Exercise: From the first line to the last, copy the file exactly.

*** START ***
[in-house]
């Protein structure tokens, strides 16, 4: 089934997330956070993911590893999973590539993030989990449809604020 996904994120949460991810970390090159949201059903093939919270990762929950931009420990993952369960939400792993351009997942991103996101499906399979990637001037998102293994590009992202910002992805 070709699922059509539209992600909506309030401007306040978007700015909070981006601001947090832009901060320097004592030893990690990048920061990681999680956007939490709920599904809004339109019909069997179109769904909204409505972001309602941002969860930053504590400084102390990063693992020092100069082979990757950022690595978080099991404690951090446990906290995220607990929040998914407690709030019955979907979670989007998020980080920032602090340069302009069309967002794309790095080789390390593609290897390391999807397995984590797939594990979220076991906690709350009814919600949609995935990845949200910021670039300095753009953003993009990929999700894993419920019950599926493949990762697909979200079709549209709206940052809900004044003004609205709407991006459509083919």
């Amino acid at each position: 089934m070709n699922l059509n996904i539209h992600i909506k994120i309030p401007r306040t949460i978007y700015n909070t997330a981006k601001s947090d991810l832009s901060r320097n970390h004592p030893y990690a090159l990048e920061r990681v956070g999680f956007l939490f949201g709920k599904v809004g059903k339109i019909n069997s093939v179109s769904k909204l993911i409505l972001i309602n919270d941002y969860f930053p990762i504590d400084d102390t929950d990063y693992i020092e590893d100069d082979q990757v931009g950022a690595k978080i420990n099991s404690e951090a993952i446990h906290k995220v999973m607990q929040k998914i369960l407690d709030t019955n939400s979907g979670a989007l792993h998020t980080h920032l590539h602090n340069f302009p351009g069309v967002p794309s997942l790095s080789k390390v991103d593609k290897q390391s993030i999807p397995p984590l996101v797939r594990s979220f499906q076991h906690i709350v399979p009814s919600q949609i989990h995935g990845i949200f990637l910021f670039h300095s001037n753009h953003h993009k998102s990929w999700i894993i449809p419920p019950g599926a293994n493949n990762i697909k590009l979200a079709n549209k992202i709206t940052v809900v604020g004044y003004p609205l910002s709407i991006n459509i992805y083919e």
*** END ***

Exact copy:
[in-house]
């Protein structure tokens, strides 16, 4: 089934997330956070993911590893999973590539993030989990449809604020 996904994120949460991810970390090159949201059903093939919270990762929950931009420990993952369960939400792993351009997942991103996101499906399979990637001037998102293994590009992202910002992805 070709699922059509539209992600909506309030401007306040978007700015909070981006601001947090832009901060320097004592030893990690990048920061990681999680956007939490709920599904809004339109019909069997179109769904909204409505972001309602941002969860930053504590400084102390990063693992020092100069082979990757950022690595978080099991404690951090446990906290995220607990929040998914407690709030019955979907979670989007998020980080920032602090340069302009069309967002794309790095080789390390593609290897390391999807397995984590797939594990979220076991906690709350009814919600949609995935990845949200910021670039300095753009953003993009990929999700894993419920019950599926493949990762697909979200079709549209709206940052809900004044003004609205709407991006459509083919």
């Amino acid at each position: 089934m070709n699922l059509n996904i539209h992600i909506k994120i309030p401007r306040t949460i978007y700015n909070t997330a981006k601001s947090d991810l832009s901060r320097n970390h004592p030893y990690a090159l990048e920061r990681v956070g999680f956007l939490f949201g709920k599904v809004g059903k339109i019909n069997s093939v179109s769904k909204l993911i409505l972001i309602n919270d941002y969860f930053p990762i504590d400084d102390t929950d990063y693992i020092e590893d100069d082979q990757v931009g950022a690595k978080i420990n099991s404690e951090a993952i446990h906290k995220v999973m607990q929040k998914i369960l407690d709030t019955n939400s979907g979670a989007l792993h998020t980080h920032l590539h602090n340069f302009p351009g069309v967002p794309s997942l790095s080789k390390v991103d593609k290897q390391s993030i999807p397995p984590l996101v797939r594990s979220f499906q076991h906690i709350v399979p009814s919600q949609i989990h995935g990845i949200f990637l910021f670039h300095s001037n753009h953003h993009k998102s990929w999700i894993i449809p419920p019950g599926a293994n493949n990762i697909k590009l979200a079709n549209k992202i709206t940052v809900v604020g004044y003004p609205l910002s709407i991006n459509i992805y083919e």